Diving in the Great Barrier Reef (GBR)
The Great Barrier Reef is one of the most beautiful coral reefs in the world. There are so many colors of reef and fish all swimming in one ecosystem. And if you’re lucky, you might catch a glimpse of a giant sea turtle or shark. But the reef is disappearing quickly do to global warming and general human damage, so best to go see it as soon as possible. That said, if you are planning to snorkel or dive on the reef, then typically the companies will take you to areas where it has not been damaged yet.
This may seem like a no brainer but I’d recommend getting scuba certified WAY in advance of your trip to the GBR. We waited until the last second and were scrambling to find a class + dive before the trip. To make a long story short, we realized that it’s not safe for people with asthma and other breathing problems to scuba dive so we decided to just snorkel after all.
There are many scuba and snorkeling companies in the Great Barrier Reef. Many have great reviews but most tend to be big ships with up to a hundred people. We decided to go with a small group diving/snorkeling company, ABC Scuba Diving Company (they bring out around 12 people vs. upwards of 40 from what I’ve heard), which was important to us from a safety and overall experience perspective.
We were really happy with the experience. It was a well-organized, small group and we had plenty of dive time on the reef. Note that the reef is a good 40 minutes from Port Douglas, and we went to a total of 3 different sites. It might not sound like much but we were pretty exhausted after that!
The reef is so full of life – there are many different types of fish, turtles, and other sea creatures. We suggest getting the fish identification card to take with you underwater – we saw so many different types of fish; it’s really difficult to remember the specifics when you’re back on the boat. Maybe bring a grease pencil with you too, so you can circle the ones you see (and have a very cool dive log entry, if you’re into that!).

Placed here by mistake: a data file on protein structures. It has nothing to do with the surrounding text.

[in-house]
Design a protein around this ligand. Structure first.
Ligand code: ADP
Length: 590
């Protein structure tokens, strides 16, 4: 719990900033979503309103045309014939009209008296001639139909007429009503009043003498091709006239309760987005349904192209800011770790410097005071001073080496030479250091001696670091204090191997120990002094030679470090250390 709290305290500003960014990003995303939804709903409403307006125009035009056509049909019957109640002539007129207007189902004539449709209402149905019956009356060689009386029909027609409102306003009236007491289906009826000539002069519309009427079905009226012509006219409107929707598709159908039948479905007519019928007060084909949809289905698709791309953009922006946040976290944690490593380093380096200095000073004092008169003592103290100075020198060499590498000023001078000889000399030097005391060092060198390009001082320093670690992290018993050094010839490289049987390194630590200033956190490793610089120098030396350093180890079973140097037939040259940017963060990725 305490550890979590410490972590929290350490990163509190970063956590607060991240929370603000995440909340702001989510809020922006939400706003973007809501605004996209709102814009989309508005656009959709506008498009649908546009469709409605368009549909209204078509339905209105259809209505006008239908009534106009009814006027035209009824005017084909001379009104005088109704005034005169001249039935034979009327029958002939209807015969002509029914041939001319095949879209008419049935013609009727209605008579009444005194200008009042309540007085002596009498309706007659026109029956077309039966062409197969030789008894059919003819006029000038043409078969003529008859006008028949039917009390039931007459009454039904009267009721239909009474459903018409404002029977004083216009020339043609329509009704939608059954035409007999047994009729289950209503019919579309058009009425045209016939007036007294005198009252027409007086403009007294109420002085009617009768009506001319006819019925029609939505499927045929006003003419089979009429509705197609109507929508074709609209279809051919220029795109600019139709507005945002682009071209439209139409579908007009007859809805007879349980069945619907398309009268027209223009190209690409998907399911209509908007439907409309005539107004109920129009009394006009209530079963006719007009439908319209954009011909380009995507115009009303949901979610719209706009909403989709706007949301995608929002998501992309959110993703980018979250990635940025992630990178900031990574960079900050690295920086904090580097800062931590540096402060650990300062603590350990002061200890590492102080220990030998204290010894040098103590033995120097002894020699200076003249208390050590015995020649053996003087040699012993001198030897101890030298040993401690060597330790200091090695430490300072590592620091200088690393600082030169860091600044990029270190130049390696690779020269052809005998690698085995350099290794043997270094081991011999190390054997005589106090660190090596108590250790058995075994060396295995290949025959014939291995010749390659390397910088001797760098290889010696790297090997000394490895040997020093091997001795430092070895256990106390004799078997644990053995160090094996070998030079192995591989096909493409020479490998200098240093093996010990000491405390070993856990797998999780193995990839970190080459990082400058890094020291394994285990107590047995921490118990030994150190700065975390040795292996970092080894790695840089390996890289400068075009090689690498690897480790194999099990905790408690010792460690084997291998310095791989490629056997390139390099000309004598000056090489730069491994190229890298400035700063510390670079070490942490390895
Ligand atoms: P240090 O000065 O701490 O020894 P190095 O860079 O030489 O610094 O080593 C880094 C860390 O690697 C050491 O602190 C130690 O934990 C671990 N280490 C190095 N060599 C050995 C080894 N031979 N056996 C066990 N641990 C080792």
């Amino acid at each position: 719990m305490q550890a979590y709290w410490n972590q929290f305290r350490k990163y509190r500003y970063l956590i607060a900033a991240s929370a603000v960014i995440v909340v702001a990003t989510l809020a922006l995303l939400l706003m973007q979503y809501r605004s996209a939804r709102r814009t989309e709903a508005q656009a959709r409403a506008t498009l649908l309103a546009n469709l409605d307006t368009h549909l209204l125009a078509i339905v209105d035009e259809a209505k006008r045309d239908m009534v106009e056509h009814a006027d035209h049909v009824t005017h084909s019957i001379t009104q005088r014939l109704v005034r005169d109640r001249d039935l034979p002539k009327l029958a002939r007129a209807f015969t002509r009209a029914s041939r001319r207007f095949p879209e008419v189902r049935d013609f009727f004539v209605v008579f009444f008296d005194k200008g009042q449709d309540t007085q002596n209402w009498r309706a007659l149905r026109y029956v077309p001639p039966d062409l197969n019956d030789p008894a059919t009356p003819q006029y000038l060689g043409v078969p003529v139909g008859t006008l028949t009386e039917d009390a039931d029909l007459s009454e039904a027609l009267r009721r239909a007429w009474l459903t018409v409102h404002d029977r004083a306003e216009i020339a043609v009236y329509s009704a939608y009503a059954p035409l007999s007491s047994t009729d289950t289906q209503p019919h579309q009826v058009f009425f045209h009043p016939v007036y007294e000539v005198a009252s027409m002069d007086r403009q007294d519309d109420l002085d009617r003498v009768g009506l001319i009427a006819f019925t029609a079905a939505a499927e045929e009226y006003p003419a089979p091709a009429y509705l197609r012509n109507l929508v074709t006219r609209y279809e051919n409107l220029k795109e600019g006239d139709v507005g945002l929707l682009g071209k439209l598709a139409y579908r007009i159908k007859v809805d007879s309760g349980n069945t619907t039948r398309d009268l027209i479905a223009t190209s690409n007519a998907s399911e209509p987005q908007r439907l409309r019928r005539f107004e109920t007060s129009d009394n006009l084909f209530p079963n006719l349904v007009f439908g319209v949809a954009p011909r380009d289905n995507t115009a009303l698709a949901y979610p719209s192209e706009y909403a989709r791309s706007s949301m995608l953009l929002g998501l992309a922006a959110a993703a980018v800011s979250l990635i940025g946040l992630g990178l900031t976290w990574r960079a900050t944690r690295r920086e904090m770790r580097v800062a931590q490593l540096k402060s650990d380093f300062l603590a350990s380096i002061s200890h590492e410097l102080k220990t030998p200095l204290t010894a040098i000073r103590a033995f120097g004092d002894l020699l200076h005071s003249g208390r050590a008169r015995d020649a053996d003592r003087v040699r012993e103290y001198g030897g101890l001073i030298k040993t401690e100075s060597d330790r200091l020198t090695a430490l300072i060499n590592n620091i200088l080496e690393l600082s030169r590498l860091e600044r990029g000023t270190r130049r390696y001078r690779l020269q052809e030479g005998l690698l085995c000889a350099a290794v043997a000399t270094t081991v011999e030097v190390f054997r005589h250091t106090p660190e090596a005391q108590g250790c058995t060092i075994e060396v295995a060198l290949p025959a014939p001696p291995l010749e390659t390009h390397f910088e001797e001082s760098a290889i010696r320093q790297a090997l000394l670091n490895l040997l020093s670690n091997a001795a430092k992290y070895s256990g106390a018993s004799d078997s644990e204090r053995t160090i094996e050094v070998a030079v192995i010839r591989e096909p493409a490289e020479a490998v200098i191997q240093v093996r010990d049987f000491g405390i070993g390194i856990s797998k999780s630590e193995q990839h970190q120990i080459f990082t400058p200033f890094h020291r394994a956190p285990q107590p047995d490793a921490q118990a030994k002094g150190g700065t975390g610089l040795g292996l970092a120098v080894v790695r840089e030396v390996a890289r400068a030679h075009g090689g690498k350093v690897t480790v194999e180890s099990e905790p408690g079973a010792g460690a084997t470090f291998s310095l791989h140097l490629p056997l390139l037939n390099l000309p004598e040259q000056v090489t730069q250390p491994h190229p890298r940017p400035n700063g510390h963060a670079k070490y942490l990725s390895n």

– If you get seasick, definitely get motion sickness medicine ahead of time.
– Book your dives ahead of time – we waited a bit too long and a couple of the days we were interested in were unavailable. Going into summer, it’ll probably book up faster.
– If you want good pictures, recommend you bring a true waterproof camera as you’ll need a flash to cut through the deep blue hue of the water.
Hiking through the Daintree Rainforest Tour
The Daintree Rainforest is this natural rainforest on the edge of Port Douglas. We initially picked Port Douglas because it had the best of both worlds – amazing hiking and spectacular diving.
In keeping with the theme for this trip, we looked for another small personalized tour company and ended up picking Tropical Tours. Our tour guide had a witty, dry sense of humor that made for an entertaining ride to the forest.
The Daintree Rainforest is absolutely beautiful. We loved exploring this tropical rainforest and had the luck to see one of the local, endangered birds, the Southern Cassowarry! One interesting fact about the cassowary: Once the mother lays the eggs, it’s the father that lays on/protects the eggs until they hatch and raises the babies! So unique! We were lucky enough to see a father cassowary cruising along with his babies.